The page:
Americans work more than anyone else in the industrialized world. According to ABC News, we work more than the English, French or Norwegians. We work way more than the Germans. And since the mid-90s, Americans work more than the Japanese. Reuters news agency confirms that Americans work more days and longer days, take less vacation time and retire later than any other nation.
Perhaps that is why when Americans do take a vacation, they treasure it. A survey taken by Orbitz, the online travel agency, revealed that 77 percent of Americans plan on taking a vacation this summer, with nearly half of those planning a beach destination filled with sand, sun and seashores. Forty-five percent will be traveling with the entire family, while another 33 percent will get away with just their significant other. The average family of four will spend $4,000, including travel expenses, for their getaway.
What are the things that we love about vacations — and is there some way that we can bring that back home with us? Over the next three weeks, we will visit three beaches that may give us some insights into why vacations are so appealing. Hopefully, we will also find some strategies for improving our times when we are not on vacation.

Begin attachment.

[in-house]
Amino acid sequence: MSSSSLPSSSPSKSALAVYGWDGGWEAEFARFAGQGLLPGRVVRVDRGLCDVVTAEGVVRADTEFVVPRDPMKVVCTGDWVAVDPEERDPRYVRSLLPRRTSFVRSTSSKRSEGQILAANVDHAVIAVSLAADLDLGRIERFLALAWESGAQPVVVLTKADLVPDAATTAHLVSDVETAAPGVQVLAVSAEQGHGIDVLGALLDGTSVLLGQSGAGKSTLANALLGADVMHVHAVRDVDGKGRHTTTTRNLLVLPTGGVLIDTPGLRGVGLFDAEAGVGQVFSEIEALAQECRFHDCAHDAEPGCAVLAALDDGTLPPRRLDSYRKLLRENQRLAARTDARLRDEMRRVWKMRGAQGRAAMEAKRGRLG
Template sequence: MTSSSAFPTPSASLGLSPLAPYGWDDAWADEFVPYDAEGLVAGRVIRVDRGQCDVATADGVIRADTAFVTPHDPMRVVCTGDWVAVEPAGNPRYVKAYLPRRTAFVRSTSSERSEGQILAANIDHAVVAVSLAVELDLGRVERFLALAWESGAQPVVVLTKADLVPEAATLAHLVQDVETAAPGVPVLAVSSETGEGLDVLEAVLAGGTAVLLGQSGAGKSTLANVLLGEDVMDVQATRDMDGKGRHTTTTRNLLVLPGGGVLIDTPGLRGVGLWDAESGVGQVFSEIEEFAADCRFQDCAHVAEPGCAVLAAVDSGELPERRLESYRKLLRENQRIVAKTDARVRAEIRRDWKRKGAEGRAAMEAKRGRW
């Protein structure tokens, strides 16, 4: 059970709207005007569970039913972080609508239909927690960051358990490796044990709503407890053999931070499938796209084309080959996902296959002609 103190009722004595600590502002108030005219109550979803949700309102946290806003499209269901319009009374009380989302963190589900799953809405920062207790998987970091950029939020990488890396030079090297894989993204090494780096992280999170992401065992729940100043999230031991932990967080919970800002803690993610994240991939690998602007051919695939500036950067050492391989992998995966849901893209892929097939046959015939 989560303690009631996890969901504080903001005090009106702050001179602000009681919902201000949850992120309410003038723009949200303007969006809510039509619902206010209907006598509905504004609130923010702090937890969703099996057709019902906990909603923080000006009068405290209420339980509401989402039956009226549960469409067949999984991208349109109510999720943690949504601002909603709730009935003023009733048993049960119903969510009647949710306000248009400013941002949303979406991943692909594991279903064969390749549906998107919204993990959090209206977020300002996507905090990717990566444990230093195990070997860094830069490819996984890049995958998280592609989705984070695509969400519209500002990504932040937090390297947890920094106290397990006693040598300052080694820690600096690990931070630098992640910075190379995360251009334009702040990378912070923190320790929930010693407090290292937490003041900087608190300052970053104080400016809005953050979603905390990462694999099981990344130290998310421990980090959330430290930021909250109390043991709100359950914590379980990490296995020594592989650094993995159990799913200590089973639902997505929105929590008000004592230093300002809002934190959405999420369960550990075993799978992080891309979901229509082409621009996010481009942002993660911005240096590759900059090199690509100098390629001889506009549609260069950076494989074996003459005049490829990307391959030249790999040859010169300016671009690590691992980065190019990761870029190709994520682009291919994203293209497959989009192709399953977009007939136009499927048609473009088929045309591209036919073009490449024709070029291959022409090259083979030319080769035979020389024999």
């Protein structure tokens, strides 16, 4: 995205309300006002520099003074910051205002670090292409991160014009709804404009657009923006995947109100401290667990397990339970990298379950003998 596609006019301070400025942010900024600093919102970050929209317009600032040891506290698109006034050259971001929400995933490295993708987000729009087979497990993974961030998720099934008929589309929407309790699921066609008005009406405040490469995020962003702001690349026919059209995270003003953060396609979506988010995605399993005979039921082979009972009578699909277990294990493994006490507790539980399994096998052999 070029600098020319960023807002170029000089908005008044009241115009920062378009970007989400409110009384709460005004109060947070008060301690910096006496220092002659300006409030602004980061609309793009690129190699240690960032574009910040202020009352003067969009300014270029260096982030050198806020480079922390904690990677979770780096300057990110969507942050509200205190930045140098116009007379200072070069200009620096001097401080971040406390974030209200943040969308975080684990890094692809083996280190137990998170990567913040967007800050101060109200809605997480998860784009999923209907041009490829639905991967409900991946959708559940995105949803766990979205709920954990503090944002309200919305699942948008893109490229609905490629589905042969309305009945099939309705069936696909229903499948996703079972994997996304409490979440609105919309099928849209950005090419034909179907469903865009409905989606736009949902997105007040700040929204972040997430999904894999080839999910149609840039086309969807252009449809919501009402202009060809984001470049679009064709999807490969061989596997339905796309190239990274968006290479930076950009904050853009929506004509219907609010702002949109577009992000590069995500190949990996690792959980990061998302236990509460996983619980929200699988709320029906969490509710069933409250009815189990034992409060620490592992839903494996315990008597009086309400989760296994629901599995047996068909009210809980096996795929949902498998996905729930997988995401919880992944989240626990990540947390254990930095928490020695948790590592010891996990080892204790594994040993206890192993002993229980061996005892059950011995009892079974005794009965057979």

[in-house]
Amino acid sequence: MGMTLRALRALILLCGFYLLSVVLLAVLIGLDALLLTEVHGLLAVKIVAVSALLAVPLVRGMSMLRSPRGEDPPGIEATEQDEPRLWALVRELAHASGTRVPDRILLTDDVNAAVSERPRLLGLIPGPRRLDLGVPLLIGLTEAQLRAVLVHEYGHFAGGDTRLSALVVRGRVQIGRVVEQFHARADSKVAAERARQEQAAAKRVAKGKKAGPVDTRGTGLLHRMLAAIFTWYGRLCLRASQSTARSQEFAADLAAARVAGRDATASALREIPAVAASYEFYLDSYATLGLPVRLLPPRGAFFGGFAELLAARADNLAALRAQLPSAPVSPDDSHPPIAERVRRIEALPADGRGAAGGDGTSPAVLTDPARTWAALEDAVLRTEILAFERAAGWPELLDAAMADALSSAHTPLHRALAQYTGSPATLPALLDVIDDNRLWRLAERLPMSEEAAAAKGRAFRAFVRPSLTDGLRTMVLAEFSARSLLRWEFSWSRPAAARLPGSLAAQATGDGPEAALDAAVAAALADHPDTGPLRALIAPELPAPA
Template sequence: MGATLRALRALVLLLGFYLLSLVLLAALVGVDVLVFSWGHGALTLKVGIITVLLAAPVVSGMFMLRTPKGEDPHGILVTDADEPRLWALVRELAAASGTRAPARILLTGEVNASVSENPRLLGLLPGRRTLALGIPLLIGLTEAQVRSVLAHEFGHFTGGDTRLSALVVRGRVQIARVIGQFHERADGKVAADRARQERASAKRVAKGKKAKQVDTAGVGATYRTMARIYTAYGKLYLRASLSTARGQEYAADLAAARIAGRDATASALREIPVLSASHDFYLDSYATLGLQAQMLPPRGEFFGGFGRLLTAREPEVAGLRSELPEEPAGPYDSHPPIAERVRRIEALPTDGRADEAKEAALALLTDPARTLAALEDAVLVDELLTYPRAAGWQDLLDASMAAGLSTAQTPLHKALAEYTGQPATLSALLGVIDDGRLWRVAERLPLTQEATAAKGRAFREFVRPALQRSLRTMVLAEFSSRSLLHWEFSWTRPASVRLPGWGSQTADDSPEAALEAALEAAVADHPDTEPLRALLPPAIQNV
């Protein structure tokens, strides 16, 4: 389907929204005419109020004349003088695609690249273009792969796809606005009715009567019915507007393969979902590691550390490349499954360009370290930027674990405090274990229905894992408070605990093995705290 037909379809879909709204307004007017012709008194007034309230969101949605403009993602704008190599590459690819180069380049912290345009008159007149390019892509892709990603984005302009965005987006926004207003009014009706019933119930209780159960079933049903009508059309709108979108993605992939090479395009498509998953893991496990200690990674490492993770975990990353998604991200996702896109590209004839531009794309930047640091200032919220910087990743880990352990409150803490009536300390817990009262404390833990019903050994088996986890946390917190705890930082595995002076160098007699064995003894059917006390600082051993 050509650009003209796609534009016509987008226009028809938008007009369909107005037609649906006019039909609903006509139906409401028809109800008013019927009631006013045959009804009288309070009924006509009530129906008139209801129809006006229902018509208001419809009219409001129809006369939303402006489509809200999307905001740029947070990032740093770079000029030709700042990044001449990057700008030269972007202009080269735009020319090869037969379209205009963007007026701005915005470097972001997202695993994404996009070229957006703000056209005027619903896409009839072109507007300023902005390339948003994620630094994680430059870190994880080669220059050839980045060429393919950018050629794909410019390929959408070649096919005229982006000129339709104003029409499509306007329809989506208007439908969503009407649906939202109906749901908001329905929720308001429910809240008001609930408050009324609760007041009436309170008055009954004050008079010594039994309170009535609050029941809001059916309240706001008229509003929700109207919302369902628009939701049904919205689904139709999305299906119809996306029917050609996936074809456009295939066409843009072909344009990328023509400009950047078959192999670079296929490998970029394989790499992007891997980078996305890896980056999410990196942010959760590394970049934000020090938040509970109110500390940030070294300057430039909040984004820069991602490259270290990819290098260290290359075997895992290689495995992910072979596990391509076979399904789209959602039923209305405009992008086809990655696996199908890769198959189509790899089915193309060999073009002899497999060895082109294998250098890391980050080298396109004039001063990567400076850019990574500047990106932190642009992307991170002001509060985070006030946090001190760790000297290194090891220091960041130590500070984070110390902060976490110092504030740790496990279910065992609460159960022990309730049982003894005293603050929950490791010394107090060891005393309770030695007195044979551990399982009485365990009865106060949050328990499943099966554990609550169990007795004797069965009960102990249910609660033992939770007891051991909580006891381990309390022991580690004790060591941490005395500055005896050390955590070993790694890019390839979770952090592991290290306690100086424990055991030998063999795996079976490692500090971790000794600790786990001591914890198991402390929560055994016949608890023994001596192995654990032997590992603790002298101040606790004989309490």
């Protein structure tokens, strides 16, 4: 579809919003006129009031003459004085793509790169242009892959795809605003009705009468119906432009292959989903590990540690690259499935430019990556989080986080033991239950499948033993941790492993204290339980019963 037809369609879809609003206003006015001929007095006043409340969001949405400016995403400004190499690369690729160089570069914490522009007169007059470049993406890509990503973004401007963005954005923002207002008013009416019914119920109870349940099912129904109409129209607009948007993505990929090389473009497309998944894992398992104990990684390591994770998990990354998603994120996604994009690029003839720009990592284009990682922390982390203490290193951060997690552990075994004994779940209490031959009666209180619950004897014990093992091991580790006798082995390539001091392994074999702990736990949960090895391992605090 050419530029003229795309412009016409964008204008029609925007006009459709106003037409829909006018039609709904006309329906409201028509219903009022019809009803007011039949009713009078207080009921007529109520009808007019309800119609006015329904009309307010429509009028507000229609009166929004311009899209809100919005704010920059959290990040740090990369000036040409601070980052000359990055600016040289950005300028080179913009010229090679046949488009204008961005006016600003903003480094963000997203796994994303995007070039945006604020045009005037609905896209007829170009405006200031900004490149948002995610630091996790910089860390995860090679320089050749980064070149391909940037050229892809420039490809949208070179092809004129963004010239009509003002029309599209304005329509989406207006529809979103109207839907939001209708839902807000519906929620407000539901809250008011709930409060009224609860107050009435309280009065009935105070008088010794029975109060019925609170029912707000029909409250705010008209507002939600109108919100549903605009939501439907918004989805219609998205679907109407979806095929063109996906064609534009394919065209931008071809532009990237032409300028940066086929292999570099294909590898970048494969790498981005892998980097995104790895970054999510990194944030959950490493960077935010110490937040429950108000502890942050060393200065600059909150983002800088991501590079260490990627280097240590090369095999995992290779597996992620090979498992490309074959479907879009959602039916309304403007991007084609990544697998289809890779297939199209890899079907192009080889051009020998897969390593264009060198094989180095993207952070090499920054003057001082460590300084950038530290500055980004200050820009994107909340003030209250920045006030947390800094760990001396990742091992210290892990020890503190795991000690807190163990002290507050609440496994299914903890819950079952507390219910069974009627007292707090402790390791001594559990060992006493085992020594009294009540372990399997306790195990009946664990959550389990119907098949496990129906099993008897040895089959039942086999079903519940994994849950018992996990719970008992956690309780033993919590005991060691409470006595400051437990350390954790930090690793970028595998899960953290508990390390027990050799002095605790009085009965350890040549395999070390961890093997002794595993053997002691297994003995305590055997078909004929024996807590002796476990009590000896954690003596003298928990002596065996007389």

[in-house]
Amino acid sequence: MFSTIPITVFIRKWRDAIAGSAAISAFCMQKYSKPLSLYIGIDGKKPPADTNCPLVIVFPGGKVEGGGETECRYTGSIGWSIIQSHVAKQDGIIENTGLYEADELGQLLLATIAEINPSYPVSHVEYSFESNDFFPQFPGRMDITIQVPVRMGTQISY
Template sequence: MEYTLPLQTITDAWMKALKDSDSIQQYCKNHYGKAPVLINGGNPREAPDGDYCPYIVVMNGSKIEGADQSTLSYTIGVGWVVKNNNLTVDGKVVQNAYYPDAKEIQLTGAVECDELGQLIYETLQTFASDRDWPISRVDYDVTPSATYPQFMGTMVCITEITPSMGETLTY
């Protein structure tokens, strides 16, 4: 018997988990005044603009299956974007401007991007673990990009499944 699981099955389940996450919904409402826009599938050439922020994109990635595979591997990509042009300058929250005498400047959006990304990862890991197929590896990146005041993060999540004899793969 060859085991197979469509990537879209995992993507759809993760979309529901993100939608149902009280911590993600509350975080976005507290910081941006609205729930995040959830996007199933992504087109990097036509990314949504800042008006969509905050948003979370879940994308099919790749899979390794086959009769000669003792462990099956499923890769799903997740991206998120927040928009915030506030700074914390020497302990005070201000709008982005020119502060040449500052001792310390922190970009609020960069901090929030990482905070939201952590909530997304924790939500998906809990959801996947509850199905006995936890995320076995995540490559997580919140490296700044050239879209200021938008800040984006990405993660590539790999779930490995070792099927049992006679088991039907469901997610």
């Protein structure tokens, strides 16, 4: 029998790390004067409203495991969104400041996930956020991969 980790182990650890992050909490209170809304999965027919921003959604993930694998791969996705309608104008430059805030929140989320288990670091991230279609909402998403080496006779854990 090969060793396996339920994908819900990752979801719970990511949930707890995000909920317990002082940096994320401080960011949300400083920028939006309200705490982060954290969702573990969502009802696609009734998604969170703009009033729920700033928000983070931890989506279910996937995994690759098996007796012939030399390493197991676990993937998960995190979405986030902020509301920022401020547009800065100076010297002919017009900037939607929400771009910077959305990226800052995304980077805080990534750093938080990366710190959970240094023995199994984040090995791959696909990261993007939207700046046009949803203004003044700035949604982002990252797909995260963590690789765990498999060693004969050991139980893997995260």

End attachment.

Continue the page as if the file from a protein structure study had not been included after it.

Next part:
Journey with me to the southern stretch of the state of Georgia, to the renowned Golden Isles on its southern Atlantic coast. About 18 square miles in size, St. Simons Island is the largest of the handful of Isles. Originally developed by English colonists for rice and cotton plantations, her streets are lined with stately houses and willowing moss that adorns the arms of the live oak trees. Much of the island remains marsh or wooded areas. As of the last census, just more than 13,000 people call St. Simons home.
Wander toward the old village at the south end of the island, to the famed fishing pier. Shaded picnic areas, locally owned restaurants and shops, and quiet welcoming streets whisper the first quality of this vacation gem. Peaceful. Our boisterously loud lifestyles are not set aside at the Isle; they melt away, evaporating completely like the morning mist doomed by the Southern sunlight. The Island reminds us that we long for peace in life — from the demands of business and jobs, from the stresses and trials of relationships, from the chaos caused by unseen circumstances and from the spiritual uncertainties of tomorrow.